Robots now have their own living space at Bristol Robotics Lab

11 September 2015

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bristol_living_lab2Bristol Robotics Laboratory, one of the world’s leading centres for robotics, has opened a “living lab,” a replica apartment to test assistive robots designed to help elderly people live more independently. The UK facility is the latest to fabricate a home environment to develop and evaluate new robotics solutions, but it’s not the first.

“Participatory design with the people and organisations who will be using the technology is critical to the way we are developing robots to support older adults in the future,” said Dr Praminda Caleb-Solly who is leading the new Bristol Robotic Laboratory (BRL) project. “All of our work is centred on a deep understanding of the needs of people so that we shape the technology to respond appropriately.”

The new space, on the site of the University of the West of England (UWE Bristol) campus, has been designed to resemble a typical single level home comprising an open-plan living, dining and kitchen area and a bathroom and bedroom.

It’s fitted with a network of wireless sensors linked to a Smart Home Controller Hub, wi-fi cameras and an ADSL connection. The team are using the sensor data to detect patterns of activity in the house to build adaptable algorithms that can be adapted to each person’s lifestyle to support independent living.

Sensor data is sent to a Cloud server and also processed locally, enabling a robot to react if something untoward happens, such as an elderly person not eating when they need to before taking medication.

Perhaps most importantly, the apartment comes with a telepresence robot that enables remote monitoring and an alert can also be sent to a carer who can then try and contact the person, via phone or text message. If there is no response from the person then the carer could activate the telepresence robot and see if there is a problem.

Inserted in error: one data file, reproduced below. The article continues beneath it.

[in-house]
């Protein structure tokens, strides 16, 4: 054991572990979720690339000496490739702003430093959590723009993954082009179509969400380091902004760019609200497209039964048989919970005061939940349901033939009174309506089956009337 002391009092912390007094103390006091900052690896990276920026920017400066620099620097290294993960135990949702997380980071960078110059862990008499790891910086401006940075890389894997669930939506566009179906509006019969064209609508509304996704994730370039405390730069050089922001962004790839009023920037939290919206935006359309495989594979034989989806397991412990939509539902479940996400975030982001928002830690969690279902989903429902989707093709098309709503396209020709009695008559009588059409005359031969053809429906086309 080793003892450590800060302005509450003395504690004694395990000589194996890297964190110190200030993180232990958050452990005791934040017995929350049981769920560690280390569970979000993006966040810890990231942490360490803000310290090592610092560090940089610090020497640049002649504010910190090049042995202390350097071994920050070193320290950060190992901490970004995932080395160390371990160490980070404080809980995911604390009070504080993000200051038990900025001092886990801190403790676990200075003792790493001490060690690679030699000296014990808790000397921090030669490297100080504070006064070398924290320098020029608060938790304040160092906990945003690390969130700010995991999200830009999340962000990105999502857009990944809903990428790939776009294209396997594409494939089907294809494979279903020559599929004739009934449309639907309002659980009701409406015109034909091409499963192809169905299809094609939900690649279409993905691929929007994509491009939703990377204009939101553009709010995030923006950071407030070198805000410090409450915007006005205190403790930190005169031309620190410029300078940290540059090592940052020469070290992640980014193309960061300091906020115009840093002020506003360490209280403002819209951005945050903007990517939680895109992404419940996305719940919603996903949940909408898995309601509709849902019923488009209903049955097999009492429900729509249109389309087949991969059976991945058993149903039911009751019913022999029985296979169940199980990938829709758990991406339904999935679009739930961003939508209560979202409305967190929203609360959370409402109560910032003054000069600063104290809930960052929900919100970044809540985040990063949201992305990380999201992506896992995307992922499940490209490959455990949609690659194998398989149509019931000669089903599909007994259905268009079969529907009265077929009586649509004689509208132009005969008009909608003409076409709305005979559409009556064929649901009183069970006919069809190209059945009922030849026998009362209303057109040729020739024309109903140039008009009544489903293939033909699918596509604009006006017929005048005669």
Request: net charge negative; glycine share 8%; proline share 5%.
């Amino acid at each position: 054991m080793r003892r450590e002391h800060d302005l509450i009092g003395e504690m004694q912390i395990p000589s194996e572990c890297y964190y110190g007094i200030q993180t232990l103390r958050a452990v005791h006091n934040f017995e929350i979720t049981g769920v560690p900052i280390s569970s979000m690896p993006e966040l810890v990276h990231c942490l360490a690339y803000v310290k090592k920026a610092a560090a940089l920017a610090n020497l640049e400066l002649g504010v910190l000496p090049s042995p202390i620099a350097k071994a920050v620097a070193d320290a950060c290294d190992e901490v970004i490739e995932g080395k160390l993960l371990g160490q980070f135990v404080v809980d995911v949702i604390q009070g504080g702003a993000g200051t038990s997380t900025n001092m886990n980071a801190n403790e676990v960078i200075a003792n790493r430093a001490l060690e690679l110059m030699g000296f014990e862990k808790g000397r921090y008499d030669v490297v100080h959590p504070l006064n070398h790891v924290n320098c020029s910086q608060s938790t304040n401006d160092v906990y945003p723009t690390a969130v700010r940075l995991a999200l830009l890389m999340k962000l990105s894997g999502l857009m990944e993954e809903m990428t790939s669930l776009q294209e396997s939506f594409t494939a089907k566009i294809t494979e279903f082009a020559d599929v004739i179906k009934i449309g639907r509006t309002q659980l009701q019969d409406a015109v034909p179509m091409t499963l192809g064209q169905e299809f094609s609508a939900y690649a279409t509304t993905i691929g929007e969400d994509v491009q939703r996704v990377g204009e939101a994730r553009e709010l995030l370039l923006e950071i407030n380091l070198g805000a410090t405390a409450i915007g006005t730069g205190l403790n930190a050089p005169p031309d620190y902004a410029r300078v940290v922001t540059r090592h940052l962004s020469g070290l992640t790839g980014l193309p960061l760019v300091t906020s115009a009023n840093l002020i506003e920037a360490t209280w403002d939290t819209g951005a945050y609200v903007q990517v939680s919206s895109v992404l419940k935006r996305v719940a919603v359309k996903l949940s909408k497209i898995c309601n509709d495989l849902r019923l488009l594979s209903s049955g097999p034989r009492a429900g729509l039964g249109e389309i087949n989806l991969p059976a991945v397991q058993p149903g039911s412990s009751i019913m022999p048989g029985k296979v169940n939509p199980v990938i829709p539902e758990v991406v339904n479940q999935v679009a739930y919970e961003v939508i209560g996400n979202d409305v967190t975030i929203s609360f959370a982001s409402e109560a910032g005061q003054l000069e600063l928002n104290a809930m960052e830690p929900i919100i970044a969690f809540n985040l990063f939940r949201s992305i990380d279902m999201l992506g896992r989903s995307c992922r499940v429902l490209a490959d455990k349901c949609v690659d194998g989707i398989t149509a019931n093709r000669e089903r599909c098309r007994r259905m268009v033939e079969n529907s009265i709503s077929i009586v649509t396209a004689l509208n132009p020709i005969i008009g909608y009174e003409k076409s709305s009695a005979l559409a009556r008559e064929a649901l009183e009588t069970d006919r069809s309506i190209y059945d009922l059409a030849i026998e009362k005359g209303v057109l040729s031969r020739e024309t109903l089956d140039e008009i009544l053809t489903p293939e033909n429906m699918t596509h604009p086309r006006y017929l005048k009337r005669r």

“If the person has had a fall or a heart attack for example appropriate emergency assistance can be deployed immediately and if they are able to, they can be reassured by the carer remotely while help arrives,” explains Caleb-Solly. “This technology could avoid expensive triggering of emergency services when they are not needed but also ensures that they are deployed faster if necessary.”

Elderly people have been recruited to help the lab scientists assess their work and the facility has been sponsored by The Anchor Society which supports elderly, frail and isolated people in Bristol. How do older people respond to an automated machine asking them if they want to play a game? What happens when Molly, the robot carer, talks to someone who has dementia? These are vital questions, and the new lab hopes that asking them in a real-life situation will improve their work.

Other European robot living labs

Robot populated living labs are springing up around Europe. The UK’s University of Hertfordshire even boasts a robot house, an ordinary semi with some extraordinary inhabitants.

Bought by University robotics professor Kerstin Dautenhahn 10 years ago in order to observe how ordinary people get along with machines in everyday life, the house is home to two prototype “care robots” – Care-O-Bot and Sunflower.